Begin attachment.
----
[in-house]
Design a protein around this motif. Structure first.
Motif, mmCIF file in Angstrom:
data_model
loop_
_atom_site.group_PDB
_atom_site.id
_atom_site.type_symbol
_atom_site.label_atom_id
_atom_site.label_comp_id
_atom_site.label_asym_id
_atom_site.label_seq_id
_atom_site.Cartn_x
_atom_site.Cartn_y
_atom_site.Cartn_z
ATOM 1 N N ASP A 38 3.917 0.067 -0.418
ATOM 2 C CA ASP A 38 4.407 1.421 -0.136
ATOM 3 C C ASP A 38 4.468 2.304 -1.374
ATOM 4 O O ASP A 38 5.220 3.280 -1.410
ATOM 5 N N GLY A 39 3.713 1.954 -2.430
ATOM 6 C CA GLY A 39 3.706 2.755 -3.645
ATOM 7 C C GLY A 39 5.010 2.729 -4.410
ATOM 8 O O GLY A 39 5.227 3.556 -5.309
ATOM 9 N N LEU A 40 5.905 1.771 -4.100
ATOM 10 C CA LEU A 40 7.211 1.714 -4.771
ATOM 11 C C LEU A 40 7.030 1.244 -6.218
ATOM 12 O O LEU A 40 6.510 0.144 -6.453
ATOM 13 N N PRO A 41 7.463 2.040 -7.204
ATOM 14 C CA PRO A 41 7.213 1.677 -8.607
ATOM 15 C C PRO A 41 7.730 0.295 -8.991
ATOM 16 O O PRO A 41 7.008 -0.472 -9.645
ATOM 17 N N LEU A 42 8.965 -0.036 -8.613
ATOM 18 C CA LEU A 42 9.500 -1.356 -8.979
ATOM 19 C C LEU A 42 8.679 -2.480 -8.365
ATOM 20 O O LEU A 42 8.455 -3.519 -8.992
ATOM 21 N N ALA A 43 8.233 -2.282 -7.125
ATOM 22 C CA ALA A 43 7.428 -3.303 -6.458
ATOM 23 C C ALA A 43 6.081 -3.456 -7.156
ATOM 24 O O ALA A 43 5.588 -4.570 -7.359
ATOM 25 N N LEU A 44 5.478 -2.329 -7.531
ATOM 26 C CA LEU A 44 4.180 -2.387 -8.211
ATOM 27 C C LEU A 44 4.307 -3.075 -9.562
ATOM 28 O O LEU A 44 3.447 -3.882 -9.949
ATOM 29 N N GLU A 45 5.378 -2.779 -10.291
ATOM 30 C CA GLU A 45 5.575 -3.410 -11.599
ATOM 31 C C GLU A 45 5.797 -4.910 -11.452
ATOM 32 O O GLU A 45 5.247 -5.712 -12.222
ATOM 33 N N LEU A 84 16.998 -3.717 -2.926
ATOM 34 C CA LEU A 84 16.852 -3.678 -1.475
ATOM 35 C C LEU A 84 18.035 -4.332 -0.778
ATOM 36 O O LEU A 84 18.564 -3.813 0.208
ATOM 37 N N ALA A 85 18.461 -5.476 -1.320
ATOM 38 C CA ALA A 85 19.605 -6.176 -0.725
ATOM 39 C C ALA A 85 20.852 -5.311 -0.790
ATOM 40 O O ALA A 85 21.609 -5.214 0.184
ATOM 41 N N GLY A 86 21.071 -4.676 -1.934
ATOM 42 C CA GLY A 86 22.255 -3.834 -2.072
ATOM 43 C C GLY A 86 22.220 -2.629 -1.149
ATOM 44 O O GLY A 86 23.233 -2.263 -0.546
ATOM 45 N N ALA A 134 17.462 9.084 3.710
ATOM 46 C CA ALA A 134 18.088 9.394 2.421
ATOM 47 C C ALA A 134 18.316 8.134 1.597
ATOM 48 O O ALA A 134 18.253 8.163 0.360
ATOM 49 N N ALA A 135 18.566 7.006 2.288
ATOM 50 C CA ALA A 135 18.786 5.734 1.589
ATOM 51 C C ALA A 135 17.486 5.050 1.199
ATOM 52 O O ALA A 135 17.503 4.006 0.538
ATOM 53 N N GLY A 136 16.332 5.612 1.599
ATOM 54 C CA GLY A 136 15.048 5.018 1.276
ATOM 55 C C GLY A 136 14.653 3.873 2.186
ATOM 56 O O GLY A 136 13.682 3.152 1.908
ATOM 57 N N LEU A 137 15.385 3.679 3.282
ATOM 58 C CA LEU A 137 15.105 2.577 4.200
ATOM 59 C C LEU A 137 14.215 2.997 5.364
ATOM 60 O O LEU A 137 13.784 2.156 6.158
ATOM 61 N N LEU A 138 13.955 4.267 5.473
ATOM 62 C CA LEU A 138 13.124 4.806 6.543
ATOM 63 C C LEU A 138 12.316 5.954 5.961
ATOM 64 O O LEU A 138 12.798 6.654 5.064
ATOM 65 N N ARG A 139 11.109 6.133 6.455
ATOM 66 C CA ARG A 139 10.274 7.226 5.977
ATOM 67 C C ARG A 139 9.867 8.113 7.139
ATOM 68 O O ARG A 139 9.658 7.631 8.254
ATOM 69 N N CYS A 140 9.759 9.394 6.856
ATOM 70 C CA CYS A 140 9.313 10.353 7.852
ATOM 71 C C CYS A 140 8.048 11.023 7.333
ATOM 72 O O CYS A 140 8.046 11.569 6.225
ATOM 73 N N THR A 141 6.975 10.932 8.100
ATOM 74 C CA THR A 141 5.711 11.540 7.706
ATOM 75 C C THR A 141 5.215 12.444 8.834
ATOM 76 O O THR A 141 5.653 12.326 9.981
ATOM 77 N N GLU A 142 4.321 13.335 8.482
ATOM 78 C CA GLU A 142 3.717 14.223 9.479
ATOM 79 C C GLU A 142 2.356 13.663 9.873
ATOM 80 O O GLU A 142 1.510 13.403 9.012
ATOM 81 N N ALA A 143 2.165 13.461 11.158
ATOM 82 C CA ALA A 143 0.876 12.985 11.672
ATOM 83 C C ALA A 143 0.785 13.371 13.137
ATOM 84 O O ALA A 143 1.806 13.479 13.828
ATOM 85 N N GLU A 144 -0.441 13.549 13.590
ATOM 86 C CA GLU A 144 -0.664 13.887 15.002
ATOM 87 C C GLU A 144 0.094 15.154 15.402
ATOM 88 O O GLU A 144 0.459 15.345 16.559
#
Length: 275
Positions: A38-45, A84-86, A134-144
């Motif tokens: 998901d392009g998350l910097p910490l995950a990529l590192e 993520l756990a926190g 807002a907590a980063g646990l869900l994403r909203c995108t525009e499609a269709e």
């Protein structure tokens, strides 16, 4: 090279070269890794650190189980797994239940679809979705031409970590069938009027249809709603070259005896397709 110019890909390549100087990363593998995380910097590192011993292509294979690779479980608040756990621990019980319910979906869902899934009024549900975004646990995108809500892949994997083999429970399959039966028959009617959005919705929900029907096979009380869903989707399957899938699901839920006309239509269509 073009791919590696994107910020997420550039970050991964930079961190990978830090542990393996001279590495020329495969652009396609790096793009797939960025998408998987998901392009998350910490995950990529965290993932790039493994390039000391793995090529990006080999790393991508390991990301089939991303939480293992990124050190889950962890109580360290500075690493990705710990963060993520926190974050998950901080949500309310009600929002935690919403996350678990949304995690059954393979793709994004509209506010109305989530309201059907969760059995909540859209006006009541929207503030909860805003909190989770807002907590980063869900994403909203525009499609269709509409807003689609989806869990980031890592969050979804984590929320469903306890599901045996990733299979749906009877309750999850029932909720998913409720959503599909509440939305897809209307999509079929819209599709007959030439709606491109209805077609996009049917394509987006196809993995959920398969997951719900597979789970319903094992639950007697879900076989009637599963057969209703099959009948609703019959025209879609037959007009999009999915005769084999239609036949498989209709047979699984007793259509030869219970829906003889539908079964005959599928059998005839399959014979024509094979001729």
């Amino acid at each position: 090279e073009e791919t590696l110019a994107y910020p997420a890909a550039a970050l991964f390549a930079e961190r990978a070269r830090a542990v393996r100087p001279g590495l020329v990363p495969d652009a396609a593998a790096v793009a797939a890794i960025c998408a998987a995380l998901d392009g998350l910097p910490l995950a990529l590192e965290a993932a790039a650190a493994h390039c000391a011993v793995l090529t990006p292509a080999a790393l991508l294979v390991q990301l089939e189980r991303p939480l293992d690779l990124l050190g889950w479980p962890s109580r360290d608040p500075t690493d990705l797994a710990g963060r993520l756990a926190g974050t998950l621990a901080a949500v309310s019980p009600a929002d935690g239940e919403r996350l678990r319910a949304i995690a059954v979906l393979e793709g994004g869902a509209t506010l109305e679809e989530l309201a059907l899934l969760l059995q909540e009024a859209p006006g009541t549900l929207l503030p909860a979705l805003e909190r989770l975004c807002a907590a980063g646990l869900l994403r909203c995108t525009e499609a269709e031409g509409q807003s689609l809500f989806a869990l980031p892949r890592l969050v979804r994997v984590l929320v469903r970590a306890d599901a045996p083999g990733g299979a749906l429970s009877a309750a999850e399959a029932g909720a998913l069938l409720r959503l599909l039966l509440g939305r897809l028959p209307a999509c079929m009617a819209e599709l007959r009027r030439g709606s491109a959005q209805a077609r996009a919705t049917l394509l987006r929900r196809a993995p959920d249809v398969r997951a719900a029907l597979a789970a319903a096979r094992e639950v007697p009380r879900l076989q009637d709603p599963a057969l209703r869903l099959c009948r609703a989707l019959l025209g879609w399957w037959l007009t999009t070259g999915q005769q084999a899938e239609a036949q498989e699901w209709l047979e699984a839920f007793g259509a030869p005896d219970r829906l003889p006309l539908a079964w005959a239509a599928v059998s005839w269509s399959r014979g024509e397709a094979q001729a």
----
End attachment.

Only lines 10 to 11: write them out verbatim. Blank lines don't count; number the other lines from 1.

_atom_site.label_comp_id
_atom_site.label_asym_id